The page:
Good design should entertain all the senses, including smell. Whenever I have a guest at home the first thing commented on is the pleasant aroma. If you are going to fill a home with perfume like me make sure it’s a good one, however. Pay Lyn Harris’s perfumery a visit for a unique not seen everywhere candle. One of few master perfumers, she set up the successful Miller Harris fragrance company, later on breaking off on her own, on a mission to create the very best. I buy a candle called ‘Dandelion’ from her, it’s smell is wonderful, and if lit for just a short time it will pervade everywhere and linger for quite a while. The scent is endlessly seductive and it’s tough to work out quite what it is. Neither overtly masculine nor feminine, it is both classy and yet a very natural, unstructured smell. Her shop is quite a treat too designed by a favourite architect, Maria Speake of Retrouvius, who uses reclamation with such ease that never looks contrived. I must also mention that Lyn supplies refills and the glassware she uses is hand-blown by Michael Ruh. His pieces look glorious even without a candle, so nothing wasted there.
Perfumer H, 106a Crawford Street, London, W1H 2HZ
When discussing a new restaurant project with a marketing friend recently, I heard that Millennials are more prone to indulge in a restaurant dinner than a night out clubbing. I love this idea, but you’ve got to go clubbing in your twenties, surely?! Saying that, there are some interesting small restaurants set up by young but experienced people around London, often proving that passion can out manoeuvre big budgets. My current favourite is Picture in Fitzrovia.
Picture Fitzrovia, 110 Great Portland St, London, W1W 6PQ
A Book of Practical Decorating Ideas by Bill Baldwin
Moving on to literature, another of life’s great pleasures, I just found a second hand book published in 1973 by an American interior designer called Billy Baldwin. All interior designers need to read this book, as it is packed full of truisms. He calls it a “book of practical decorating ideas”, the ideas might not be suitable for today but his philosophy is spot on. For example he says, “If you can tell I did a house, I didn’t.” and his advice on art is, “No work of art should ever be regarded a decoration. When you try to fit a picture into a room by colour or subject, you reduce it to a chair or a wallpaper.” Words to live (or design) by!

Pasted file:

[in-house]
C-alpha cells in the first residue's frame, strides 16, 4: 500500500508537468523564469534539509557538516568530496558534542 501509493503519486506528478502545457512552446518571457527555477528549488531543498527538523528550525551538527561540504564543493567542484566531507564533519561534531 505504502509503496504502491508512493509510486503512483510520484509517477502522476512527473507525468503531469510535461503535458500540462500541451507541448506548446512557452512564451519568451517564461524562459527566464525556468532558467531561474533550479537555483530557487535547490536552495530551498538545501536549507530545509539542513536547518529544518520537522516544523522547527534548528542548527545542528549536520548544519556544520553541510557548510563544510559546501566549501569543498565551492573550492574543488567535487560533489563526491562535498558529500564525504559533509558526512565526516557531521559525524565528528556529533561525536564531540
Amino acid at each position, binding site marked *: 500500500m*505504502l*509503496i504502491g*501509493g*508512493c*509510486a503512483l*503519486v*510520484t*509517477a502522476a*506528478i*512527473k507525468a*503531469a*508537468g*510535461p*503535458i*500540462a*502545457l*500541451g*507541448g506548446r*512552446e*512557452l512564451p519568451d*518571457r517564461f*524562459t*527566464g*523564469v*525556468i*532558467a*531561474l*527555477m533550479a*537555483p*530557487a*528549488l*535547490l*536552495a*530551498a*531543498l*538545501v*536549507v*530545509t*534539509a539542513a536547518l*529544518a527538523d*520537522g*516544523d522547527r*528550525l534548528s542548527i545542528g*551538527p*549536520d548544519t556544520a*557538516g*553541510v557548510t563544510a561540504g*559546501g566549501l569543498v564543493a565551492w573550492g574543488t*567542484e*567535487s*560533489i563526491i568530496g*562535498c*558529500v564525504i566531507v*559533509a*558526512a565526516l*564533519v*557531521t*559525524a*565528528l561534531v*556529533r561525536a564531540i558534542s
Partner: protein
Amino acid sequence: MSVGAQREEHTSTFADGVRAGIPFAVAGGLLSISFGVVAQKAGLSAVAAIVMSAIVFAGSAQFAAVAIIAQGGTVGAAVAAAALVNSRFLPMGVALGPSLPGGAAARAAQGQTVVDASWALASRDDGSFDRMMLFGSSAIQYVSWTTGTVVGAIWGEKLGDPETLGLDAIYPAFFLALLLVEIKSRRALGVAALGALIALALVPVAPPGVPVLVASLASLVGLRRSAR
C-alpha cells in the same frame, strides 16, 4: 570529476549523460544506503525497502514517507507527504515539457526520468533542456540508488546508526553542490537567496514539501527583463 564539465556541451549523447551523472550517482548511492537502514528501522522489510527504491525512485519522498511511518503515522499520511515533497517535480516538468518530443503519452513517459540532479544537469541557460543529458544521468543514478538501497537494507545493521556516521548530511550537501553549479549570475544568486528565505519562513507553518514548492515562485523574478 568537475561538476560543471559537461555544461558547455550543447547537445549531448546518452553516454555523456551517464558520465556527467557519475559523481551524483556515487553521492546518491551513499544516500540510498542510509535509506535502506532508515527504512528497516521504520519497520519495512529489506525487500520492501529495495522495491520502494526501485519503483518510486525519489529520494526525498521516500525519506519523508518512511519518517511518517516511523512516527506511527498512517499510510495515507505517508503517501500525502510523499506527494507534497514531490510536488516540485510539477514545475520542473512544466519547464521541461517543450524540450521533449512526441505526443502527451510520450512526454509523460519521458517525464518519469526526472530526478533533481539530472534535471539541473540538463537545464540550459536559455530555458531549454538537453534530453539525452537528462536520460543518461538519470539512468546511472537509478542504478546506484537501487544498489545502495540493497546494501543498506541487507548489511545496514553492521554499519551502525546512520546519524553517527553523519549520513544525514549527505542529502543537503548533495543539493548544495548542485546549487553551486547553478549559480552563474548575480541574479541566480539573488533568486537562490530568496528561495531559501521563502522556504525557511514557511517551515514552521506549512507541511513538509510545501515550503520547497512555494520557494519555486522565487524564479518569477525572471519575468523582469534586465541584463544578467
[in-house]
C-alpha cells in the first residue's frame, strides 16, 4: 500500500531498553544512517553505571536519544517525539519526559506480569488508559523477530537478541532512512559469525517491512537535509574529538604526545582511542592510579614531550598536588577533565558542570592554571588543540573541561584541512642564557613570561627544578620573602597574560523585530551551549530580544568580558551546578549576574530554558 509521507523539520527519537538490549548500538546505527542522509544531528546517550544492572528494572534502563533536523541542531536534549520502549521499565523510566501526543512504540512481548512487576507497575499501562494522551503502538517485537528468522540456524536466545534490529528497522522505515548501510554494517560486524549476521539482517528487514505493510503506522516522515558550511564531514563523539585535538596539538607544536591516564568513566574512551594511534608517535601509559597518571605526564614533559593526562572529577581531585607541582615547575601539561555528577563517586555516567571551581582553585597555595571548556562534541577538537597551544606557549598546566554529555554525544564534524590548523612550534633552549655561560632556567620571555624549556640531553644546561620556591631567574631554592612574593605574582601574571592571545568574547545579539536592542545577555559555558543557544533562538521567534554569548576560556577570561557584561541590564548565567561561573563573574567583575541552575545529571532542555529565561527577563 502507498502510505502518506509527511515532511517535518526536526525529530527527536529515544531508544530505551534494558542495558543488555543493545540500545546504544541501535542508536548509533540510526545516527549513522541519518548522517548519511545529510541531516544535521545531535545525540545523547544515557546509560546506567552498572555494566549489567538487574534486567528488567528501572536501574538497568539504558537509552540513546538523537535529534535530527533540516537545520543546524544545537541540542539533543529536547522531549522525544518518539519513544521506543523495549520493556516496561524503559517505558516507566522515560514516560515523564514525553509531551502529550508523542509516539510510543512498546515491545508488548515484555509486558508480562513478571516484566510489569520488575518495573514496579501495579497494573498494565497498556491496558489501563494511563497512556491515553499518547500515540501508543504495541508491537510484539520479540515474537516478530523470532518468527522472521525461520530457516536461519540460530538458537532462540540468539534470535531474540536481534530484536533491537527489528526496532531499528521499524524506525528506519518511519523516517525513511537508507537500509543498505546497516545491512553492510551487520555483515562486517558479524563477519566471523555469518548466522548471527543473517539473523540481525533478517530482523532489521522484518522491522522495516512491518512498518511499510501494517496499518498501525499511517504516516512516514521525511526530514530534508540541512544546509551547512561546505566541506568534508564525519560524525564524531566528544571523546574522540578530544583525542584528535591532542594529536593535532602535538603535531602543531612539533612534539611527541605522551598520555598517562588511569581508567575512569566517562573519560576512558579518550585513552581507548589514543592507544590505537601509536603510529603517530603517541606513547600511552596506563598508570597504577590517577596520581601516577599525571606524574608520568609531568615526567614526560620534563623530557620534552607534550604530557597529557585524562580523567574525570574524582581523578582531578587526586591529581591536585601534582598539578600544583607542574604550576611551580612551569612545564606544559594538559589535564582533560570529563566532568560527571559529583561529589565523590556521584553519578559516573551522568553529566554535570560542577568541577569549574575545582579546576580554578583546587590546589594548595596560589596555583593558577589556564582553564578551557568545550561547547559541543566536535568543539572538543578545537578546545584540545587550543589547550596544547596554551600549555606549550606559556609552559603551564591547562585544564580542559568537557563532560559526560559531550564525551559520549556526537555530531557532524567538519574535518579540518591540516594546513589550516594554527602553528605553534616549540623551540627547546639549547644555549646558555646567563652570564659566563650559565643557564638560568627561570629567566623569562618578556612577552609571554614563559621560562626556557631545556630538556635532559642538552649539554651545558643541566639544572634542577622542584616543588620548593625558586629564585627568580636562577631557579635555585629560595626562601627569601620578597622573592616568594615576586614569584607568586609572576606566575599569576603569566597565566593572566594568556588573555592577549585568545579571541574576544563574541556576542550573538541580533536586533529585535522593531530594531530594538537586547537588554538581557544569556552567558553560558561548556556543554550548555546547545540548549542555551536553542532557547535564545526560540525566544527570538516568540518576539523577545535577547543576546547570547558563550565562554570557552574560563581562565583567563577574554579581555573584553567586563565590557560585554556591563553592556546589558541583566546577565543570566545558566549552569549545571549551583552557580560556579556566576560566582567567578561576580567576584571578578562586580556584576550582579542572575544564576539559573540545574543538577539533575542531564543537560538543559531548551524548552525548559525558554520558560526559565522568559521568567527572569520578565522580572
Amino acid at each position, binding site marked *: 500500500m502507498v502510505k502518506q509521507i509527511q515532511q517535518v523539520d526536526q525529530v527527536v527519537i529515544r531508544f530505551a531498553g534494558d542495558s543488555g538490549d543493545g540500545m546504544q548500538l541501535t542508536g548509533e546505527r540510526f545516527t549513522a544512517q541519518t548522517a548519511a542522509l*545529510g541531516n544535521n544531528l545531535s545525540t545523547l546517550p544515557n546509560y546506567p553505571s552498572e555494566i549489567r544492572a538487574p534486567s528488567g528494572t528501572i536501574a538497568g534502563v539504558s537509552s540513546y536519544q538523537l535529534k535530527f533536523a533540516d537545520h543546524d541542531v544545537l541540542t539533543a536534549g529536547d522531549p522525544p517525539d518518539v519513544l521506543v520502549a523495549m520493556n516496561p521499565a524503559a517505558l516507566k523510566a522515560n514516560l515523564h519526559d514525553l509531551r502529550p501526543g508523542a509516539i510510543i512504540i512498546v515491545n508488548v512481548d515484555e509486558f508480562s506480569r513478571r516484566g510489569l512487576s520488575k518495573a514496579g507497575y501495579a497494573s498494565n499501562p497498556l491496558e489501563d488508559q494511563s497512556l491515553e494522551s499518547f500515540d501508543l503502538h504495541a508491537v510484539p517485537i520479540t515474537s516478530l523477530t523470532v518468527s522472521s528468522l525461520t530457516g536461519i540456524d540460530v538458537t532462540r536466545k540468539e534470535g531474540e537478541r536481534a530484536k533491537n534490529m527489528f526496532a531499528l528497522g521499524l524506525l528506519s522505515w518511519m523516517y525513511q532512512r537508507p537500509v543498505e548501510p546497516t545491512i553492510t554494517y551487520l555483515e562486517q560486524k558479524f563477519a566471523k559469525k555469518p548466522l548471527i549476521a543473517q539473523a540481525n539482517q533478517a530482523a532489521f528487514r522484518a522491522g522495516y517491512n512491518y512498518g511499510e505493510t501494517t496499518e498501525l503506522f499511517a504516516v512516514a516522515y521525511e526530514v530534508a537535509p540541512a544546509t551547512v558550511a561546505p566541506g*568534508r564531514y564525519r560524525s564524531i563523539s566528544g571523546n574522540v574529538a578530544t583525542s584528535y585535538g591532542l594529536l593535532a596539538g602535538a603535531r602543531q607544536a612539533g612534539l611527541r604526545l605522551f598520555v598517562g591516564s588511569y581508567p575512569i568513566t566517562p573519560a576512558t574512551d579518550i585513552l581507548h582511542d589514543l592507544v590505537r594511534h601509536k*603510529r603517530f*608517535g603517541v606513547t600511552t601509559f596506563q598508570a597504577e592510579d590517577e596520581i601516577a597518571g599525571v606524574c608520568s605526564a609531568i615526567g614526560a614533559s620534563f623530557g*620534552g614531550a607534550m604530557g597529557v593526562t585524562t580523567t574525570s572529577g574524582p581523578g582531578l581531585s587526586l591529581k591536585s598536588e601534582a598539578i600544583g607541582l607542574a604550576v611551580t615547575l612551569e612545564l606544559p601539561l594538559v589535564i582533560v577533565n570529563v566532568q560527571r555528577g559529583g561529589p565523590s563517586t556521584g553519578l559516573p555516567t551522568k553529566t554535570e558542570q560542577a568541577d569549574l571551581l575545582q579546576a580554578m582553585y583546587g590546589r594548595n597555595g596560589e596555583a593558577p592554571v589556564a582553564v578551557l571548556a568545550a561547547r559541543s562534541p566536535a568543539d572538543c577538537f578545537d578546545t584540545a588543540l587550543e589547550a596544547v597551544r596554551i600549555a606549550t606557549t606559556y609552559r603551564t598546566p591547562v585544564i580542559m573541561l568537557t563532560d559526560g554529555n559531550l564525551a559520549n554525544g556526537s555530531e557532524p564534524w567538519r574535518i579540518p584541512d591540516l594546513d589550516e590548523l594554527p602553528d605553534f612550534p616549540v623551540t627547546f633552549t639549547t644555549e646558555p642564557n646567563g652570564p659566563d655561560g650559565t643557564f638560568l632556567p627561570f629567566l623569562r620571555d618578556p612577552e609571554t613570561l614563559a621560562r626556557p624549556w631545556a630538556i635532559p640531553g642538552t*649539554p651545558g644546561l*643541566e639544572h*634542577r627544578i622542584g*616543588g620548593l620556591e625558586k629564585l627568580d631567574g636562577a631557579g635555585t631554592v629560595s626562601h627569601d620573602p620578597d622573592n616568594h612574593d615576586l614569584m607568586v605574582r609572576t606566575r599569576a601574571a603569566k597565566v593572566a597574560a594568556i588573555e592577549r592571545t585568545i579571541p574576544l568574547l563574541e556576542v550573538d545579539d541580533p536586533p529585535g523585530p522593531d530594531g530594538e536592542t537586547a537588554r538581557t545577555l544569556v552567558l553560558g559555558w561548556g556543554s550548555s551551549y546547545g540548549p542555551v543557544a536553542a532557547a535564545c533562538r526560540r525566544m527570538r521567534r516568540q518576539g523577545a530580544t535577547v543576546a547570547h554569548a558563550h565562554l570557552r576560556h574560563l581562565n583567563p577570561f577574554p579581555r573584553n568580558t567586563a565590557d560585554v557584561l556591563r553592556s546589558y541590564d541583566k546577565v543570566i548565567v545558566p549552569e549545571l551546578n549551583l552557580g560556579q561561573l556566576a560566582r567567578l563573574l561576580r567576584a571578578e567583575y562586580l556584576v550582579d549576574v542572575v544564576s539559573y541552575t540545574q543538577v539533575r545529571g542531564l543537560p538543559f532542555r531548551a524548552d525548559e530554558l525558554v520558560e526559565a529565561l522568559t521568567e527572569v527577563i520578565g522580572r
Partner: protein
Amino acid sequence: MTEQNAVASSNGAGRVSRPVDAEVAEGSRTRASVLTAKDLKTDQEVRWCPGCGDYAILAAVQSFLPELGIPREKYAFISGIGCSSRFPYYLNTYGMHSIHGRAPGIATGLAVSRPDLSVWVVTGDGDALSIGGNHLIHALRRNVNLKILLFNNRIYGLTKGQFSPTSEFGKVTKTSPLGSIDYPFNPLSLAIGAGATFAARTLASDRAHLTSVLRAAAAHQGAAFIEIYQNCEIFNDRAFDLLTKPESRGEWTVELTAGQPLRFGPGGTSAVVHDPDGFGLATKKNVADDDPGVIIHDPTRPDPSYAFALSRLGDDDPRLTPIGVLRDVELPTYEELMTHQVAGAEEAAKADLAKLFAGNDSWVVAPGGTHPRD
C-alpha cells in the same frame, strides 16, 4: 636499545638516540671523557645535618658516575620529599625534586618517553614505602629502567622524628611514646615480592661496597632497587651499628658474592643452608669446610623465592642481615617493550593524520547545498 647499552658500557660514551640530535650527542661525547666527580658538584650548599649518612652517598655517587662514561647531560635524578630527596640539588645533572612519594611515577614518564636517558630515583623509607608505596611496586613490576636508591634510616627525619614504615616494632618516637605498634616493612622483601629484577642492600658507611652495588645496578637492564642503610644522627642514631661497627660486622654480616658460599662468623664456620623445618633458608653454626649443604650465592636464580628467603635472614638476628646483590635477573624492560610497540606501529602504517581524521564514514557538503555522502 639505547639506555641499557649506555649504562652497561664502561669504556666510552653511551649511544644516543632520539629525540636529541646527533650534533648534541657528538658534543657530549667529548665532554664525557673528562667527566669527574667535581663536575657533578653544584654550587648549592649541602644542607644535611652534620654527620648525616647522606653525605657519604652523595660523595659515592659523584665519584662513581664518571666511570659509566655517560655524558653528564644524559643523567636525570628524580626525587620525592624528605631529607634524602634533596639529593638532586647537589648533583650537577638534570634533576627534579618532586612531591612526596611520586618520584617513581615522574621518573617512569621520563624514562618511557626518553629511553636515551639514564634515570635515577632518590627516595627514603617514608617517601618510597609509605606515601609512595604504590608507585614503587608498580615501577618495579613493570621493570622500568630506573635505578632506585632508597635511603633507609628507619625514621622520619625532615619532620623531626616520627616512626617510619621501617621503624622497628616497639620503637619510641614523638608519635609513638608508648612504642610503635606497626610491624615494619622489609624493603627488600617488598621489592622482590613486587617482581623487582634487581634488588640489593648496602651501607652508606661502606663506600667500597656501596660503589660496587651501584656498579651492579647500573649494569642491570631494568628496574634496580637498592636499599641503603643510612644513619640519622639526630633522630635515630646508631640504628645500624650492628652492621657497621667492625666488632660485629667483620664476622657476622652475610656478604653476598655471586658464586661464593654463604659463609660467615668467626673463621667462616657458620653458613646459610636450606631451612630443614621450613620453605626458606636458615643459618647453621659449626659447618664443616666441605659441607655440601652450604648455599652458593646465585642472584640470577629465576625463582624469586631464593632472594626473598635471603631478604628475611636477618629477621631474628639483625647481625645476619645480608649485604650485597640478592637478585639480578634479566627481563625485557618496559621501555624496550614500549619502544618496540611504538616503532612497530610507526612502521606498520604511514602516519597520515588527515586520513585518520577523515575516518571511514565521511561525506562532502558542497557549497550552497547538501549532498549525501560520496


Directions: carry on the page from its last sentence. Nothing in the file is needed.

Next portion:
Chisel & Mouse
For years I’ve been collecting little models of buildings, especially when I’m travelling, this involves poking around some pretty dodgy souvenir shops. Recently I have refined what I am collecting, as I have discovered two brothers, Gavin and Robert, and their company, Chisel & Mouse. They make delightful architectural sculptures to order. When I first discovered them I just had to have a model of Trellick Tower, particularly as I could see the real thing from my old studio window. The 32-storey block was famously designed by Ernő Goldfinger and completed in 1972. The brutalist structure has become quite an icon. I love how from one angle it appears to be as thin as a pencil and from another a large slab. Goldfinger’s work was not universally popular though, Ian Fleming did name a Bond villain after him.
A recent addition to my desk is another model by Chisel & Mouse of a building that always makes me smile — Michelin House. Constructed in 1911 for the Michelin Tyre company, it was very much ahead of its time in terms of style as it looks quite Art Deco, which was popular in the 1930s. A new lease of life was given to the building in the 1980s by Terence Conran and Paul Hamlyn and that’s when I got to know and love it. I am so glad that Chisel & Mouse are driven by the same passion for buildings as I can gaze at one of their models as much as a painting